Money is rarely about money. Money is all about behavior. Your habits, thoughts, and feelings about money are going to determine how you spend money and what your financial goals are. So what’s a financial mindset? A financial mindset is a predetermined set of beliefs about money. We all have them. Even if you can’t verbalize what your mindset is, it’s still there unconsciously. Some common money beliefs are ‘life’s all about what you own‘, ‘retirement is far away‘, and/or ‘my financial problems are _______’s fault‘. Recognize any of these in your own life?
It’s important to take time to identify what your financial mindset is. Why? Because your financial mindset will either help you succeed or it will hold you back. It’s an either-or situation. And it’s not enough to just label old financial mindsets as false, you have to replace them with a new mindset.
Here are four common financial mindsets, with the best replacement options:
Your life is about what you own Your life is not about purchases
Americans are consumers. This isn’t new news. We easily get caught up with what’s new, next, and just beyond our price range. We justify like it’s our job. But this cycle of constantly upgrading is hurting your financial life. I talk about cutting your dependence on your income a lot because of how important it is, but cutting your dependence on things is vital too. Learning to be okay with an older model of car and phone will make your financial life a lot less complicated.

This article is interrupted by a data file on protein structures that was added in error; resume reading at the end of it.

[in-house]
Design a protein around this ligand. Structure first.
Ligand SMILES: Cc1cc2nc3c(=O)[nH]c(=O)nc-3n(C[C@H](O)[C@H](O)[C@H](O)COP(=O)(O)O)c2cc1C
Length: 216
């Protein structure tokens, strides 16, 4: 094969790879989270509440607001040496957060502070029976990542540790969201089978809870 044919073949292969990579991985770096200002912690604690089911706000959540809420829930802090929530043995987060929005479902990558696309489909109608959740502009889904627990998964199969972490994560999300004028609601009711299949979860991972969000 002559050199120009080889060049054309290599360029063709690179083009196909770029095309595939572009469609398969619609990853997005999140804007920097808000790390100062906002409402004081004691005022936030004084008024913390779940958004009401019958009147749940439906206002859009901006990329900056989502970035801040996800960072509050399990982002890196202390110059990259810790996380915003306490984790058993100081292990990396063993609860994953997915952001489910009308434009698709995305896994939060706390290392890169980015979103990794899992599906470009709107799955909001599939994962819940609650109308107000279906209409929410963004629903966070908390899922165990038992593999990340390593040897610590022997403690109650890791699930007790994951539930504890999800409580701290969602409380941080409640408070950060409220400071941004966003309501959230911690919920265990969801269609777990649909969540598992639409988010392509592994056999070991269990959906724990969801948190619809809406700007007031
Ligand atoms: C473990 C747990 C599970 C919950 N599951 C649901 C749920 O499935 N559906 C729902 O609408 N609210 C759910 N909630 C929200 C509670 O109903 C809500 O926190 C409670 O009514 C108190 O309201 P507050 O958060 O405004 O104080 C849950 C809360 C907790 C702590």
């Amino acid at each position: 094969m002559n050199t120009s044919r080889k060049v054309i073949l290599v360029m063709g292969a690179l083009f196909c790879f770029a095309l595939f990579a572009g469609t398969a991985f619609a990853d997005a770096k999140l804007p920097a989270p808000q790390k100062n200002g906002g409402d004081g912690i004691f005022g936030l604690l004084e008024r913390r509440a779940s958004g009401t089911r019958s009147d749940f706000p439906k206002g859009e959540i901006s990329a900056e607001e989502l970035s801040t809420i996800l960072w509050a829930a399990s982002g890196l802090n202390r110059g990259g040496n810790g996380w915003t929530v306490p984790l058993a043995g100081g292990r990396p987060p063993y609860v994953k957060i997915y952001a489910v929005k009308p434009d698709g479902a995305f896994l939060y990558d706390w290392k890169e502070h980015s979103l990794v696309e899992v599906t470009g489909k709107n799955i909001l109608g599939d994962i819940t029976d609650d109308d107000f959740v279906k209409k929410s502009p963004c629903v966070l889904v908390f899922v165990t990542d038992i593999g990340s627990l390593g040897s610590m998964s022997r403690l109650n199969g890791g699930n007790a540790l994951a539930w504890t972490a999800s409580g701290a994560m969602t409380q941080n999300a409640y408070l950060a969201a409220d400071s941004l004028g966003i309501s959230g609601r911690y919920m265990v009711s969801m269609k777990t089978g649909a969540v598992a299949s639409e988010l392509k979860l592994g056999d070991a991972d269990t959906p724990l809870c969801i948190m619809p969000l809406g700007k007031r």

Saving money is for people who have extra Understand the importance of an emergency fund
Your financial life boils down to spending less than you make. It’s really simple. But what often happens is people spend up to the very last penny they make which doesn’t leave room for error in the future. Emergencies happen and you may not have an extra $500 this month to cover the appliance that was fried by lightening. This is how debt happens, so turn your mind to a saving mentality. Saving a portion of your income not only lessens your dependence on your income but it also prevents you from going into debt in the future. Your first goal is $1,000. From there, work up to three months worth of expenses.
I can afford the payment Adopt the phrase “I can’t afford it”
Being able to afford the payment doesn’t mean you can afford the item. Making the phrase “I can’t afford it” an every day part of your life will prevent unplanned spending. It will also foster a mindset of spending less.
Someone/Something is to blame Don’t waste your time looking for others to blame
It’s possible someone stole your identity or something, but outside of some crazy scenario, you and only you are responsible for your financial life. All the decisions, big and little, you’ve made along the way are what have led you to your financial spot. The less time you waste blaming others for where you are, the faster you’ll be able to move on.
What beliefs are you willing to stand by? And what beliefs need replaced with something new?
Peter Dunn a.k.a. Pete the Planner® is an award-winning financial mind and a former comedian. He’s a USA TODAY columnist, author of ten books, and is the host of the popular radio show and podcast, The Pete the Planner Show. Pete is considered one of the foremost experts on financial wellness in the world, but he’s just as likely to talk your ear off about bass fishing.